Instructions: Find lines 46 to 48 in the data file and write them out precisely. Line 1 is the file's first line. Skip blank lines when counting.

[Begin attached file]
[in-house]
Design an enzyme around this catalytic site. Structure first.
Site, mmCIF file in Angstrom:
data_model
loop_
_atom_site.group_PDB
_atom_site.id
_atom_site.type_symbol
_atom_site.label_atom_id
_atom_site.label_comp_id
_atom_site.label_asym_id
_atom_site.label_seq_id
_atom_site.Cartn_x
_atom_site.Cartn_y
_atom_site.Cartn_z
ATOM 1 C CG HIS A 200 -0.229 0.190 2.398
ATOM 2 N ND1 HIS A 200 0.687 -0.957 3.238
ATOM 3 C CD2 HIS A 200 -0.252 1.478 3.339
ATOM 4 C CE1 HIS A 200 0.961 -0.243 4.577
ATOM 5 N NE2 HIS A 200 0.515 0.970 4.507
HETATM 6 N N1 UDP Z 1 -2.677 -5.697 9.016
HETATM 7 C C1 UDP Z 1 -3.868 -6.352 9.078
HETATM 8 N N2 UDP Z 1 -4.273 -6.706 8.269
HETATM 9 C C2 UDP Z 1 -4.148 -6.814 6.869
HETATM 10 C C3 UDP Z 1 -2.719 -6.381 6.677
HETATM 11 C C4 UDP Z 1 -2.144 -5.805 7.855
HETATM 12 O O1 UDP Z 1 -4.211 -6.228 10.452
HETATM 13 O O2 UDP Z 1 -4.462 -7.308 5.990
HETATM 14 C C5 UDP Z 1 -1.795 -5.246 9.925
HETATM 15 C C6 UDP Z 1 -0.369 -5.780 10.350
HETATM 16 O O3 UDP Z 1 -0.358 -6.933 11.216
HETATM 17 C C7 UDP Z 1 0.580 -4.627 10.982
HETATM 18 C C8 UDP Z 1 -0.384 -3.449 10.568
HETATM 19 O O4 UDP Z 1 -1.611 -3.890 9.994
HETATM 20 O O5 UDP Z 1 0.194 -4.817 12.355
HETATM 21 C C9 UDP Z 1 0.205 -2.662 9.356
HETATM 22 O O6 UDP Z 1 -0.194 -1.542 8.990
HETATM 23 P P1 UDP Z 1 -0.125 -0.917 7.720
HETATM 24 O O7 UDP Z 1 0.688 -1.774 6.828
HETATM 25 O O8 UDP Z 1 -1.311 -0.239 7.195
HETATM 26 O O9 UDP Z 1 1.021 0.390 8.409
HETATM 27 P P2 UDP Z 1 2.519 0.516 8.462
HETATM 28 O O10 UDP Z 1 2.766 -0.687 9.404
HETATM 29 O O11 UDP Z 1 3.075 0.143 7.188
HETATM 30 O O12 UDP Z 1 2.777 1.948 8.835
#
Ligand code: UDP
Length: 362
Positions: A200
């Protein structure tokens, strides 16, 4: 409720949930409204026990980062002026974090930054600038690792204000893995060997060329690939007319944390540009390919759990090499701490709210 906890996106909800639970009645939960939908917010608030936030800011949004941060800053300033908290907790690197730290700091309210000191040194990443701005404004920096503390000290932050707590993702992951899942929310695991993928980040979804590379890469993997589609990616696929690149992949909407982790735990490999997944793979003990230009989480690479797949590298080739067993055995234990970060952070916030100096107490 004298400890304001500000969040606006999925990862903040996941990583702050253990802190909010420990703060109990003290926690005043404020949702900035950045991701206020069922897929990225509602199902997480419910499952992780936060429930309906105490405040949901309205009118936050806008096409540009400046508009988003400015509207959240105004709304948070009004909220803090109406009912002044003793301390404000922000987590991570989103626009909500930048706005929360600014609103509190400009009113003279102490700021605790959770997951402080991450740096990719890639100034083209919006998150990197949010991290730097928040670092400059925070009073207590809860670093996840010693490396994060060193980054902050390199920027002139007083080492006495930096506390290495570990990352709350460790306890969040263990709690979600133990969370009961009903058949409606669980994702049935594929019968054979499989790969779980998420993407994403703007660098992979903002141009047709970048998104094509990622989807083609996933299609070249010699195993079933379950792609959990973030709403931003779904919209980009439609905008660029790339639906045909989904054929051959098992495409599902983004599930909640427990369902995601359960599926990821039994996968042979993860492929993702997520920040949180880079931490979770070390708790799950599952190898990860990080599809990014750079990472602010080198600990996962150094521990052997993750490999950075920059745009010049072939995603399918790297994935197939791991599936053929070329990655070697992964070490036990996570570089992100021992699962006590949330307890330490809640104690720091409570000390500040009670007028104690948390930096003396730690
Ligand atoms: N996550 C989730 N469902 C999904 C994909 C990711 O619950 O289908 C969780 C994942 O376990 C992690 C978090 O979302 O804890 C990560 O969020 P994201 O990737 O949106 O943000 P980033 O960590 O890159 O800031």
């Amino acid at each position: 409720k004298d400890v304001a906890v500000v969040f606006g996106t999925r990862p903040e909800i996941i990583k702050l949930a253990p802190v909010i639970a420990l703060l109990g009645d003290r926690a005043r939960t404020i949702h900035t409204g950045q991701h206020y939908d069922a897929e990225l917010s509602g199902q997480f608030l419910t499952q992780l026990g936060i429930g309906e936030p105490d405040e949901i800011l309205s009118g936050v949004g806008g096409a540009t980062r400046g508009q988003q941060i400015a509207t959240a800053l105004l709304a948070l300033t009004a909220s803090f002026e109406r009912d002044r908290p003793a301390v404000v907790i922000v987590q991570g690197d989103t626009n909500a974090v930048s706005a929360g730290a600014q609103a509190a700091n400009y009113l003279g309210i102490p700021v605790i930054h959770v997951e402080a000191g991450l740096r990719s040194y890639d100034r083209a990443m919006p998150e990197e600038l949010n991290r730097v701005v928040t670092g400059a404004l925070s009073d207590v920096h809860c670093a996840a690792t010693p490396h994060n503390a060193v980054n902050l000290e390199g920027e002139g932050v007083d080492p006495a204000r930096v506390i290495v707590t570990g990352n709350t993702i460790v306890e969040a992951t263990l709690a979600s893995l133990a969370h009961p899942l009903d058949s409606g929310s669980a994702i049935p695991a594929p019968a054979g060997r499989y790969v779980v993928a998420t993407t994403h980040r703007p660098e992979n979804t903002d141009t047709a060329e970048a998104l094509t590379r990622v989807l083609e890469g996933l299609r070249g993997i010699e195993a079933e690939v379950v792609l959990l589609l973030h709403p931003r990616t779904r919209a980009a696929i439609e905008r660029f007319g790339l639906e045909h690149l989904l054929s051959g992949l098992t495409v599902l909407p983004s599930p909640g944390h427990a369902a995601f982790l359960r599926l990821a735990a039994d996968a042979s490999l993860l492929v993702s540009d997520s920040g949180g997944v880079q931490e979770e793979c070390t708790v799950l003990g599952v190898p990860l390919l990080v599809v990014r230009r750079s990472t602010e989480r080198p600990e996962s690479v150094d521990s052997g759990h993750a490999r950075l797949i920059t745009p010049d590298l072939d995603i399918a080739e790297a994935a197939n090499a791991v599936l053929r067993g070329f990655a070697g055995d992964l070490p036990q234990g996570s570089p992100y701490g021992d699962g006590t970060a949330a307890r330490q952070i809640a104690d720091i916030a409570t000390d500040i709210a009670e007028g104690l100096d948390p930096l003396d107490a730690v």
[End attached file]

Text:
#
Ligand code: UDP
Length: 362